City Year member Kelly Gragl gives Clippert Academy student Patricia Pereisa, 12, special attention. The nonprofit provides mentors. (Max Ortiz / The Detroit News)
At Clippert Academy, a middle school in southwest Detroit, it’s late afternoon, students have been dismissed and a handful of teachers, administrators and counselors are gathered in a classroom.
Sitting in desks facing each other, the group looks through packets of information about several students and begins a discussion about those who are showing signs of trouble.
Using information that’s been gathered on attendance, behavior and school performance in math and English, the group talks about sixth- and seventh-grade students who are “off-track” or at-risk based on dropout studies from Johns Hopkins University.
Students on a downward trend are flagged at biweekly meetings. On this day, four students are on the list.
The team members flip through spreadsheets with quarterly data on those three “early warning indicators” and share their insight into the child.
Science teacher Kathy Meloche has concerns about a seventh-grade boy who is tardy to her first-hour class every day and struggling with academics.
“He has been coming in late a half an hour every single day. It’s a serious issue and it’s why he is having trouble,” Meloche says. “He is missing a third of the class. He isn’t the kind of kid who can just get in and get to it.”
The group includes a member of Talent Development Secondary, which monitors student data; City Year, a nonprofit that provides mentors; and Communities in Schools, which connects kids with health care and social services.
They are in the school as part of a program called Diplomas Now, created to decrease dropout rates by giving students an early support system.
The program, which is in its second year at the school, is based on research showing that half of all eventual dropouts can be identified by the end of sixth grade, and close to 75 percent by the start of high school. Studies found that middle school students who fail courses have poor attendance and poor behavior.
In this case, the student doesn’t appear interested in school, says one teacher, but he likes to watch the news.
A call will be made home about attendance. Talking to the student about his interests to encourage his involvement in school is another option, the team decides.
“Another teacher gave him a job, and he really liked that,” Meloche says. “Maybe he is one of the kids we need to give a job to. Maybe he needs to be the line leader.”
It’s the kind of interaction between school departments that didn’t happen before at Clippert, a Detroit Public School where 98.4 percent of students are eligible for free and reduced lunch. It does now as part of Diplomas Now, which operates in 40 schools in 14 cities nationally, including three schools in Detroit.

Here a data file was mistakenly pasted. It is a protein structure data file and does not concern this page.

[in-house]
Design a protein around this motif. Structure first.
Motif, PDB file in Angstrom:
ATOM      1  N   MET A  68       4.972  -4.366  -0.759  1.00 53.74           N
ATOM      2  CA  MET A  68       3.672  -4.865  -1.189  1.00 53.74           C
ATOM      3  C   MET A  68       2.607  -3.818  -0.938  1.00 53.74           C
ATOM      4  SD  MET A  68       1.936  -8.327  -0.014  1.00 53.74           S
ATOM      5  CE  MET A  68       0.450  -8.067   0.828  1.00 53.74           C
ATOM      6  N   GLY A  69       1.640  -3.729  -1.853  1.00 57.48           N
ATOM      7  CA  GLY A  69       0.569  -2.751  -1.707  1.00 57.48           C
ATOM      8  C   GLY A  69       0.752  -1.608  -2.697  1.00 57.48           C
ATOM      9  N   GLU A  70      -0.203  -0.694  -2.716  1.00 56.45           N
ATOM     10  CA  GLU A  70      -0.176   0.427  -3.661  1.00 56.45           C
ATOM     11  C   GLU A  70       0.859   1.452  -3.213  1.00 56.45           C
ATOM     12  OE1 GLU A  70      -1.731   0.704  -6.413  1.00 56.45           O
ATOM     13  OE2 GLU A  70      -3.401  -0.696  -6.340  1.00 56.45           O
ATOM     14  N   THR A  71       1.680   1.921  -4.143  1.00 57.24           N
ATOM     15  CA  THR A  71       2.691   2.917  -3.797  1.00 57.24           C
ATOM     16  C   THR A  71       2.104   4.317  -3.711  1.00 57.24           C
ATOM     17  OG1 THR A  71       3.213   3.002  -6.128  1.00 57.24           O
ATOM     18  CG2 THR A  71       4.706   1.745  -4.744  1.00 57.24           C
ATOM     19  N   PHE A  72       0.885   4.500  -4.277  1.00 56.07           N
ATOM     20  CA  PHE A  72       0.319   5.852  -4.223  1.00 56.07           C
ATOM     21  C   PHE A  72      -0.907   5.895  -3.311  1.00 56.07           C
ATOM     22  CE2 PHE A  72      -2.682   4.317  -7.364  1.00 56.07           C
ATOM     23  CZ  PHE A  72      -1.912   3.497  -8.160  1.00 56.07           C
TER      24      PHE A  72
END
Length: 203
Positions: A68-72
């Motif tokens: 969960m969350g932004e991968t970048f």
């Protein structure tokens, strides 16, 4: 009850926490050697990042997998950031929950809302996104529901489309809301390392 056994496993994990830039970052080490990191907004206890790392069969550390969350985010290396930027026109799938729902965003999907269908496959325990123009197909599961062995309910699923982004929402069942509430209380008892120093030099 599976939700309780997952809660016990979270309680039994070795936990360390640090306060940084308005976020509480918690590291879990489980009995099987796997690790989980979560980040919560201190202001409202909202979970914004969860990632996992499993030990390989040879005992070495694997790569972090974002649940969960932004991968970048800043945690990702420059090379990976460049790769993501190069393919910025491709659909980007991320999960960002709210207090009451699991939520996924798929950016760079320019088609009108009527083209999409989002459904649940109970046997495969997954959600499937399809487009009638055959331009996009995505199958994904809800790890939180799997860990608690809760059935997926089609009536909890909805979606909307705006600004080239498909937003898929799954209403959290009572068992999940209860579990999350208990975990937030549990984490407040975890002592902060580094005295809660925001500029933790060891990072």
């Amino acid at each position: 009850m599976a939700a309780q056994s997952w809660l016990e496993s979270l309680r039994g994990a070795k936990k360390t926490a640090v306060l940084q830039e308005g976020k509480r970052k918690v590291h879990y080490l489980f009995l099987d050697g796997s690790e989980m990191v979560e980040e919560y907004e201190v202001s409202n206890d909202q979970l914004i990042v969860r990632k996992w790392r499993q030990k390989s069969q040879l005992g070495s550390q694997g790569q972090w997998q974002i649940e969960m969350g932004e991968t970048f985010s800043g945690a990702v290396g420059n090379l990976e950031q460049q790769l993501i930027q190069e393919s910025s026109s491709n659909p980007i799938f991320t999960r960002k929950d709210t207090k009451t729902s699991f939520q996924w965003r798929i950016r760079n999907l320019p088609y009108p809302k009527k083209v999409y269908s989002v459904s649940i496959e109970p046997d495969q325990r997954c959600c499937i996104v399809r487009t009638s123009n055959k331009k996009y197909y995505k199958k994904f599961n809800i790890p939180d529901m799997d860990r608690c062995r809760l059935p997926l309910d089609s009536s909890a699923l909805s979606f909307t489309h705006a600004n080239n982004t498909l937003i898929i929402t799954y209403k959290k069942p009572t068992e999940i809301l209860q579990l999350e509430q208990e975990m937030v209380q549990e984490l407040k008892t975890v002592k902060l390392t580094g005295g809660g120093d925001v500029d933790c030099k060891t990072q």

“In sixth grade, typically your relationships with your peers, everyone, it’s all changing. All kids go through this, but poverty magnifies this,” said Robert Balfanz, a senior research scientist at Johns Hopkins University. “You take on child care responsibility and elder care responsibility. That’s when gangs start to recruit males. There are more challenges.”
According to data by Kellie Hinkle, Diplomas Now director of school turnaround at City Year, about 15 percent of the students at Clippert have early warning indicators.
As of the end of third quarter in the 2013-14 school year, Clippert saw a 67 percent decrease in the number of students with less than 85 percent attendance, a 55 percent decrease in the number of students failing English and a 66 percent drop in the number of students failing math.
The program costs about $600 per student and is funded nationally through the PepsiCo Foundation and a $30 million U.S. Department of Education Investing in Innovation grant.
At Clippert, social worker Joan Fears sit with seventh-grade girls for a Communities in Schools Girls Group meeting.
Talking it out
The students eat a hot lunch while Fears asks them to talk about their life and what’s bothering them. Many of the girls have parents who live in Mexico or other countries, and the girls live with relatives.
Melissa Vasquez, 12, says she likes meeting with the group so she can talk among girls her age and express her feelings. She lives with her stepfather and brother while her mother is in Mexico.
“I’m glad you came,” Fears tells her.
The point isn’t just to collect data, Balfanz said. It’s to change circumstances for individual kids.
“Our goal is to be in school where you have a big concentration of high poverty kids, where you need whole school reform, enhanced support and early warming systems,” he said.
“We bring in additional people who do the ‘nagging and nurturing.’ These volunteers look for the kids and call them and help them with their homework, ask them about their life.”